summary The design of laboratory buildings entails the implementation of a variety of design constraints such as building codes; design guidelines and technical requirements. The application of these requires from designers the derivation of data not explicitly available at early stages of design, at the same time there is no precise methodology to control the consistency, and accuracy of their application. Many of these constraints deal with providing secure environmental conditions for the activities inside laboratories and their repercussions both for the building occupants and population in general, these constraints mandate a strict control over the building’s Mechanical Equipment (MEP), in particular the Heating Ventilating and Air Conditioning (HVAC) system. Due to the importance of these laboratory designers are expected to assess their designs not only according spatial relationships, but also design variables such as HVAC efficiency, air pressure hierarchies, operational costs, and the possible implications of their design decisions in the biological safety of the facility. At this point in time, there are no practical methods for making these assessments, without having constant interaction with HVAC specialists. The assessment of laboratory design variables, particularly those technical in nature, such as dimensioning of ducts or energy consumption are usually performed at late stages of design. They are performed by domain experts using data manually extracted from design information, with the addition of domain specific knowledge, the evaluation is done mostly through manual calculations or building simulations. In traditional practices most expert evaluations are performed once the architectural design have been completed, the turn around of the evaluation might take hours or days depending on the methods used by the engineer, therefore reducing the possibility for design alternatives evaluation. The results of these evaluations will give clues about sizing of the HVAC equipment, and might generate the need for design reformulations, causing higher development costs and time delays. Several efforts in the development of computational tools for automated design evaluation such as wheel chair accessibility (Han, Law, Latombe, Kunz, 2002) security and circulation (Eastman, 2009), and construction codes (ww.Corenet.gov.sg) have demonstrated the capabilities of rule or parameter based building assessment; several computer applications capable of supporting HVAC engineers in system designing for late concept or design development exist, but little has been done to assess the capabilities of computer applications to support laboratory design during architectural Preliminary Concept Design(PCD) (Trcka, Hensen, 2010). Developments in CAD technologies such as Building Information Modeling (BIM) have opened doors to formal explorations in generative design using rule based or parametric modeling [7]. BIM represents buildings as a collection of objects with their own geometry, attributes, and relations. BIM also allows for the definition of objects parametrically including their relation to other model objects. BIM has enabled the development of automated rule based building evaluation (Eastman, 2009). Most of contemporary BIM applications contemplate in their default user interfaces access to design constraints and object attribute manipulations. Some even allow for the application of rules over these. Such capabilities make BIM viable platforms for automation of design data derivation and for the implementation of generative based design assessment. In this paper we analyze the possibilities provided by contemporary BIM for implementing generative based design assessment in laboratory buildings. In this schema, domain specific knowledge is embedded in to the BIM system as to make explicit design metrics that can help designers and engineers to assess the performance of design alternatives. The implementation of generative design assessments during PCD can help designers and engineers to identify design issues early in the process, reducing the number of revisions and reconfigurations in later stages of design. And generally improving design performance.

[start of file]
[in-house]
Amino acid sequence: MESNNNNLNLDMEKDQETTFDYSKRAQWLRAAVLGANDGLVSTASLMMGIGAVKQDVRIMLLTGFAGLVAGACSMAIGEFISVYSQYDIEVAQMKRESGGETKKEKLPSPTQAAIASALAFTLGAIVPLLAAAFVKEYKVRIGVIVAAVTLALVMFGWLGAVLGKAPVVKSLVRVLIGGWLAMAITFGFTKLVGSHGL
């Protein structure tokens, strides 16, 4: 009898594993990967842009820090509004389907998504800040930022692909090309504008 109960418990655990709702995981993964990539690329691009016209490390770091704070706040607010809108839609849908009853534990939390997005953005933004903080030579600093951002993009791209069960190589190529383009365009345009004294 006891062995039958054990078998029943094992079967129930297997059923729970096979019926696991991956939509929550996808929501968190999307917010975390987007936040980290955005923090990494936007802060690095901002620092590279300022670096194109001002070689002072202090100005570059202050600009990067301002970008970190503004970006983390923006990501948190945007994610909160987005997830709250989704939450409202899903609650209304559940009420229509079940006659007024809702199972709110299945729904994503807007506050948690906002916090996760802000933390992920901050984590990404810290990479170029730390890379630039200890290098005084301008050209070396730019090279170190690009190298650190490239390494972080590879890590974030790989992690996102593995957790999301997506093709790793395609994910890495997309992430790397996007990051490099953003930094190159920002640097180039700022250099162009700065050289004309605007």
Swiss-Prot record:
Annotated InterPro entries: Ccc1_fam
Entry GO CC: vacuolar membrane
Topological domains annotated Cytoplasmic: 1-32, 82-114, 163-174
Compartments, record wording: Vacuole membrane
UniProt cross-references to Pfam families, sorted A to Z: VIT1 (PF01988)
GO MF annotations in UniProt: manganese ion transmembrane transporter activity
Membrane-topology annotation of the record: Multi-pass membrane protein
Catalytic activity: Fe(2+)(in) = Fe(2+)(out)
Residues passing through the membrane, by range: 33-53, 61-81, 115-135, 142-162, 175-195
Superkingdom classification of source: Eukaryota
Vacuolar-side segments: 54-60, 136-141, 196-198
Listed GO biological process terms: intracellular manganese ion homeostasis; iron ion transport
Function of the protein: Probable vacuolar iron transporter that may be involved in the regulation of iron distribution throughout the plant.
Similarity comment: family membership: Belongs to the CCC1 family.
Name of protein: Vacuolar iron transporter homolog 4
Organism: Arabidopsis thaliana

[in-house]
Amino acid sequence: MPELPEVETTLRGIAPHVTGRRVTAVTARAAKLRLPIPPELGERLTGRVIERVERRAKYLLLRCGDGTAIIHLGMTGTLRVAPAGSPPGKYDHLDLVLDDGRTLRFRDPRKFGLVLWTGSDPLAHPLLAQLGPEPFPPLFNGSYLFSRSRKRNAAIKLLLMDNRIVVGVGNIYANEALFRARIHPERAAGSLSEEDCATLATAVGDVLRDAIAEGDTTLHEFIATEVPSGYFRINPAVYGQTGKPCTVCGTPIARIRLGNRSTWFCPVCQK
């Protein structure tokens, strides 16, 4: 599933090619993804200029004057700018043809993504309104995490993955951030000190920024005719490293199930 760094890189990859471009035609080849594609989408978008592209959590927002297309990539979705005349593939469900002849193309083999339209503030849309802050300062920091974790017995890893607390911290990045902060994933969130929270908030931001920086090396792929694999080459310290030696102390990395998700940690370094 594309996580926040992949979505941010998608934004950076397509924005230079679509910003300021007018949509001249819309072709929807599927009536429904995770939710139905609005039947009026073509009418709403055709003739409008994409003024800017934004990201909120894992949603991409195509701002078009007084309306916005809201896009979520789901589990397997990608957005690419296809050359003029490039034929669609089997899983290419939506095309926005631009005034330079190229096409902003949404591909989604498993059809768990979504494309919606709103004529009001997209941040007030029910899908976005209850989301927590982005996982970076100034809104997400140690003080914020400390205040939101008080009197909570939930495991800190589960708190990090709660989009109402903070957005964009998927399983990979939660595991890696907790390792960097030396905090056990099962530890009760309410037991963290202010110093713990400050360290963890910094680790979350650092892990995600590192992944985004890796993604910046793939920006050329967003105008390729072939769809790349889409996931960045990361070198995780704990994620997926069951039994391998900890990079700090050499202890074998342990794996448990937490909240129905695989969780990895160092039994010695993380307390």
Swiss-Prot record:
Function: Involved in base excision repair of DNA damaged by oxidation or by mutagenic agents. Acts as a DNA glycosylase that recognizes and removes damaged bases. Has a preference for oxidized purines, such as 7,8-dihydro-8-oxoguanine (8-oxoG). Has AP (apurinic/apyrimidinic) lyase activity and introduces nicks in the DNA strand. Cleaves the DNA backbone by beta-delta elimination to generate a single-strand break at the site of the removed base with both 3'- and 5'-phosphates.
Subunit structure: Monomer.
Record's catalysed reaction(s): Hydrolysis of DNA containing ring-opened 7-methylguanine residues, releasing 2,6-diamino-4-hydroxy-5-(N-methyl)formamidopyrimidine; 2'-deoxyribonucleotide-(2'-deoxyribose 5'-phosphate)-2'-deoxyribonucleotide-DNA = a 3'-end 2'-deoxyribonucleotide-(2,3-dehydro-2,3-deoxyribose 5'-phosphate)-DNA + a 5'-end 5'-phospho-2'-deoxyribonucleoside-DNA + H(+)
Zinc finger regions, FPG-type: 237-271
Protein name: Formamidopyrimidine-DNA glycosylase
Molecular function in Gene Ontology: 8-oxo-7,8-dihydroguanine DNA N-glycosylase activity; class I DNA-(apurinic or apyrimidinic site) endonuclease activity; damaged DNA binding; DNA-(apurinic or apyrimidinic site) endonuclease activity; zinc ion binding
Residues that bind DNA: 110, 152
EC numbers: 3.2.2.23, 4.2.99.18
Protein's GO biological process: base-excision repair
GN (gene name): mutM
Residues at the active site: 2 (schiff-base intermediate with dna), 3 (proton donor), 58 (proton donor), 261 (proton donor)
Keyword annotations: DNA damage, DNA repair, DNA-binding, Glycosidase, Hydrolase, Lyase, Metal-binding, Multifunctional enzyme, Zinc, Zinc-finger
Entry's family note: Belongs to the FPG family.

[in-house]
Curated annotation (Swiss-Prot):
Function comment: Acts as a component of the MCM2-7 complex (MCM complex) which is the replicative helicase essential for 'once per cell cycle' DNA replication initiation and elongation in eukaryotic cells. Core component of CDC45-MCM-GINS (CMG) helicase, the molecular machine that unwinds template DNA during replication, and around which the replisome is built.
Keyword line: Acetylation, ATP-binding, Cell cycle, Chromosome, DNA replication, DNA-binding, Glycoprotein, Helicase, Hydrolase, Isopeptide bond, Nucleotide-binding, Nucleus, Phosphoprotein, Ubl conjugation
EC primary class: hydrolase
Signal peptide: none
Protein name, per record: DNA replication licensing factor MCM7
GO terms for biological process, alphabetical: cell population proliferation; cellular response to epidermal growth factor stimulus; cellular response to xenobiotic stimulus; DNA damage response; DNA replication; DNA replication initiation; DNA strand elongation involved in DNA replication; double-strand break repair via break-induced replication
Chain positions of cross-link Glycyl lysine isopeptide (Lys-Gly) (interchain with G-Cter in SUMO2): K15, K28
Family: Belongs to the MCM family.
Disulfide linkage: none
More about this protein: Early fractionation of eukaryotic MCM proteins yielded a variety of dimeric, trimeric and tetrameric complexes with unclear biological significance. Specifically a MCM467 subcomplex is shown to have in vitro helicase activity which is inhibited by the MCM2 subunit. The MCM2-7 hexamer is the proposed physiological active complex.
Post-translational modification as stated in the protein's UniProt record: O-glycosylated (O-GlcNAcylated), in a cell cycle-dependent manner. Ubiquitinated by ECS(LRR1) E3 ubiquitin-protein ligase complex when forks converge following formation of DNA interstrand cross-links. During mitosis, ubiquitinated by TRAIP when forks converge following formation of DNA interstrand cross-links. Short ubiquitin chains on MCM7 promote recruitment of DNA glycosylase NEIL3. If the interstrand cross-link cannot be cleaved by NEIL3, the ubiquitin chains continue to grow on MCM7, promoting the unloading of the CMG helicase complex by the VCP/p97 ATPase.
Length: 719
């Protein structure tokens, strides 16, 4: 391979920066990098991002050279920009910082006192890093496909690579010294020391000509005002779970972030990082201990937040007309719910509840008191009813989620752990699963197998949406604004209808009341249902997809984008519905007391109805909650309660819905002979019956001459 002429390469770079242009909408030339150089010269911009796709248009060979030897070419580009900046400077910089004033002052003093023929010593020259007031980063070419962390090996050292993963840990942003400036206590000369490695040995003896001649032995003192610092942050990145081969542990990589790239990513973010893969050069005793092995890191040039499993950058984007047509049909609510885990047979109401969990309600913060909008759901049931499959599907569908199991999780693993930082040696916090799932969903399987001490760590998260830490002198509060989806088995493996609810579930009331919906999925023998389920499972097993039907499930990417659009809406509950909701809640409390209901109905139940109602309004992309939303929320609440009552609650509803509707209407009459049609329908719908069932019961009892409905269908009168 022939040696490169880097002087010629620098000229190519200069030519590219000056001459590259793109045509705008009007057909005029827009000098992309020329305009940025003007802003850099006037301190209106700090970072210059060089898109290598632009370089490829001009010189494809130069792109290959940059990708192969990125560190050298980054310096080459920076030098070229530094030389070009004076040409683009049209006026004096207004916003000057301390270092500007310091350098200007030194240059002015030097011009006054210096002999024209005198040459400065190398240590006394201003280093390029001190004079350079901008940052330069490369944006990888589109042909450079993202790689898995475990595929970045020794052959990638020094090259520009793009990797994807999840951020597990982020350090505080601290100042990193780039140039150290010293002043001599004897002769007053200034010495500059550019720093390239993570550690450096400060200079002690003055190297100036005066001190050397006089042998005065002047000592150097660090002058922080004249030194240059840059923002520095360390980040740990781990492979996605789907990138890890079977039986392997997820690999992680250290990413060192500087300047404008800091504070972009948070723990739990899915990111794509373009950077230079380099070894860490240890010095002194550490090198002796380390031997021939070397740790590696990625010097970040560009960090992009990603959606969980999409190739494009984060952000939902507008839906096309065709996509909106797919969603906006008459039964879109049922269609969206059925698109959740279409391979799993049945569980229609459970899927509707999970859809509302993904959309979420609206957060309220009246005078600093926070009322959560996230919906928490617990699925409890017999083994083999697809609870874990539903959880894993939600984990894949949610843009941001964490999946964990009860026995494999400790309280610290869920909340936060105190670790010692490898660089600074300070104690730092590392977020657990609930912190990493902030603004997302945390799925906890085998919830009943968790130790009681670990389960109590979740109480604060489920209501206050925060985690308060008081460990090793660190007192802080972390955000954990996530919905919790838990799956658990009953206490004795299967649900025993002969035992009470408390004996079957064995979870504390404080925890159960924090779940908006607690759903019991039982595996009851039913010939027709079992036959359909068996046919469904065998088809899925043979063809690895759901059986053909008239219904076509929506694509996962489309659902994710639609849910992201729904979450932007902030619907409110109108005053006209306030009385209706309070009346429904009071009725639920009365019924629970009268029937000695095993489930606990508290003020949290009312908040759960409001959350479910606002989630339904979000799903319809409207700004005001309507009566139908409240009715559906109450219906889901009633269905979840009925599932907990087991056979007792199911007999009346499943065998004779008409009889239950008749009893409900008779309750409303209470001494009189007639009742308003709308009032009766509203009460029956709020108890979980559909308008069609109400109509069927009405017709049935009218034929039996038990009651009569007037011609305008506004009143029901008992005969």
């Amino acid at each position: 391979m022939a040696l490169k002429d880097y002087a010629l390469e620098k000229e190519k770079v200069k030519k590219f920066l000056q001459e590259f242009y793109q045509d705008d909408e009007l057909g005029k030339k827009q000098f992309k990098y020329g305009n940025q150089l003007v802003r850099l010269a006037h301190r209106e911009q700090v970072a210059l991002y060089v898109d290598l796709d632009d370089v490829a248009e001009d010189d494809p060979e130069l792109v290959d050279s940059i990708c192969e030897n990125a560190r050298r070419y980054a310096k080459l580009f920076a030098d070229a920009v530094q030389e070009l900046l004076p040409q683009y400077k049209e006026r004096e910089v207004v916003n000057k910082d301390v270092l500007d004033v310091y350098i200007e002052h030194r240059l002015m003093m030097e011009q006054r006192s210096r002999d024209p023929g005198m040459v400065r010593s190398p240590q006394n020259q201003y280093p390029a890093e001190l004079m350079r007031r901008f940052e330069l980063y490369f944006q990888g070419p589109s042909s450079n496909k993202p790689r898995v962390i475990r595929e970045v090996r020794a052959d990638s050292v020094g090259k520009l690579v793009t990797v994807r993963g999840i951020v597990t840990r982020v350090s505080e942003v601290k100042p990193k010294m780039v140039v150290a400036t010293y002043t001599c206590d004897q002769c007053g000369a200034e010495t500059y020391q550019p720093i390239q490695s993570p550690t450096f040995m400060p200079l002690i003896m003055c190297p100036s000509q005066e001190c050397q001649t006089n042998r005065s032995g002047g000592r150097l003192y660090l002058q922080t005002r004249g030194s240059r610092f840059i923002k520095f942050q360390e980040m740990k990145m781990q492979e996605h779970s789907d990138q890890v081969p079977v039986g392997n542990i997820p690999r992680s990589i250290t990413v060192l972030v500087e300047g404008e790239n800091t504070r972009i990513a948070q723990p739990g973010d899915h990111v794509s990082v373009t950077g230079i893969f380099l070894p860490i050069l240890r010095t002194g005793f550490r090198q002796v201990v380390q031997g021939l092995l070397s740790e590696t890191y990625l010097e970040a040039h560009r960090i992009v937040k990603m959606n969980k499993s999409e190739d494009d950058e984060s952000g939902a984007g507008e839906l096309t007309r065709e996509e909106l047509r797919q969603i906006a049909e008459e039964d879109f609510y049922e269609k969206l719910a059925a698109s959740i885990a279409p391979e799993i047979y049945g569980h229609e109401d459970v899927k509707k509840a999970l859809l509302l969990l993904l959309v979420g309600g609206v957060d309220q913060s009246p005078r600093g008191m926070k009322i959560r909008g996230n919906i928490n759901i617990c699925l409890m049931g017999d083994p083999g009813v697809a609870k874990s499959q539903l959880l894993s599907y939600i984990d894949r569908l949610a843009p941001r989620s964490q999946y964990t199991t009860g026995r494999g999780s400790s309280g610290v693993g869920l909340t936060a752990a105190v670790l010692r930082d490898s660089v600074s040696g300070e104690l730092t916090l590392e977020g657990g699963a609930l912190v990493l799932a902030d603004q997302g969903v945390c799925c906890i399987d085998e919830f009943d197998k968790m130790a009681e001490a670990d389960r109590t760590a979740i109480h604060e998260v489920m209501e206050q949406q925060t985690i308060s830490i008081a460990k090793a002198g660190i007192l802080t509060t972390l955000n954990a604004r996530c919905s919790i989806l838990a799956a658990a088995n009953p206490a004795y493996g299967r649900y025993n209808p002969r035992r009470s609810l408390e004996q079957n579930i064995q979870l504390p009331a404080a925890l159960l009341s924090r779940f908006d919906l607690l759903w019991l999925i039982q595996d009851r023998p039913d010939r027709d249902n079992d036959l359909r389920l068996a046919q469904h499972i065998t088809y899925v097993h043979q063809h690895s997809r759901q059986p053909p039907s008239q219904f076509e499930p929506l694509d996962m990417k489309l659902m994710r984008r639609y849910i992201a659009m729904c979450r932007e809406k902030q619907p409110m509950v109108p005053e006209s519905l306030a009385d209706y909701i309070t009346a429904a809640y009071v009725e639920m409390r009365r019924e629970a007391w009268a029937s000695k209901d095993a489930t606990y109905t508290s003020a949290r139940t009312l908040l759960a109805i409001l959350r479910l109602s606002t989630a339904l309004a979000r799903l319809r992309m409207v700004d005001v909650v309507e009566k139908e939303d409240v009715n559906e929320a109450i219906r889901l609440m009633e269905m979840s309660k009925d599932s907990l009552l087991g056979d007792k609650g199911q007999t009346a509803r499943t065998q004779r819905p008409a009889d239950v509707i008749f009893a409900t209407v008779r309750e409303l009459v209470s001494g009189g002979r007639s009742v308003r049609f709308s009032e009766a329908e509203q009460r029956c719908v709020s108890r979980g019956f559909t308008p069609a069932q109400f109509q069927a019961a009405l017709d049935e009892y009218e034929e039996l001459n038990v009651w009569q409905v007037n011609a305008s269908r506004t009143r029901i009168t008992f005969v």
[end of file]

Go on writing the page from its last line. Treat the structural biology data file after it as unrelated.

keywords Heating ventilating and Air Conditioning (HVAC), Building Information Models (BIM), Generative Design Assessment